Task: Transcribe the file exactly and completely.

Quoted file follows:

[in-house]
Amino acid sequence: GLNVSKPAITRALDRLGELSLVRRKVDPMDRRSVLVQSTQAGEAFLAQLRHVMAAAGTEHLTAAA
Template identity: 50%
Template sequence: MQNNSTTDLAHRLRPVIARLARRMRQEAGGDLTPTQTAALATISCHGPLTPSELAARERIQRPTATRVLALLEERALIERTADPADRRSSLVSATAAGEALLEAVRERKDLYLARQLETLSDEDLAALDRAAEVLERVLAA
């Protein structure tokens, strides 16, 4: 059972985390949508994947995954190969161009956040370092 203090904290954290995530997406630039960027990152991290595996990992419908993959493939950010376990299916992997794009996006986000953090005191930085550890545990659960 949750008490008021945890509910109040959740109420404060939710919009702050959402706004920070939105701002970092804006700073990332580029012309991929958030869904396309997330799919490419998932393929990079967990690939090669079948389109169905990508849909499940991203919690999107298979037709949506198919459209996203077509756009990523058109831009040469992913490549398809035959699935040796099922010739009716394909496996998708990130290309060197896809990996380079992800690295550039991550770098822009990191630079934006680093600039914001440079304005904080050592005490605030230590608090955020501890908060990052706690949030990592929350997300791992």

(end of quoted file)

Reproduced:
[in-house]
Amino acid sequence: GLNVSKPAITRALDRLGELSLVRRKVDPMDRRSVLVQSTQAGEAFLAQLRHVMAAAGTEHLTAAA
Template identity: 50%
Template sequence: MQNNSTTDLAHRLRPVIARLARRMRQEAGGDLTPTQTAALATISCHGPLTPSELAARERIQRPTATRVLALLEERALIERTADPADRRSSLVSATAAGEALLEAVRERKDLYLARQLETLSDEDLAALDRAAEVLERVLAA
């Protein structure tokens, strides 16, 4: 059972985390949508994947995954190969161009956040370092 203090904290954290995530997406630039960027990152991290595996990992419908993959493939950010376990299916992997794009996006986000953090005191930085550890545990659960 949750008490008021945890509910109040959740109420404060939710919009702050959402706004920070939105701002970092804006700073990332580029012309991929958030869904396309997330799919490419998932393929990079967990690939090669079948389109169905990508849909499940991203919690999107298979037709949506198919459209996203077509756009990523058109831009040469992913490549398809035959699935040796099922010739009716394909496996998708990130290309060197896809990996380079992800690295550039991550770098822009990191630079934006680093600039914001440079304005904080050592005490605030230590608090955020501890908060990052706690949030990592929350997300791992």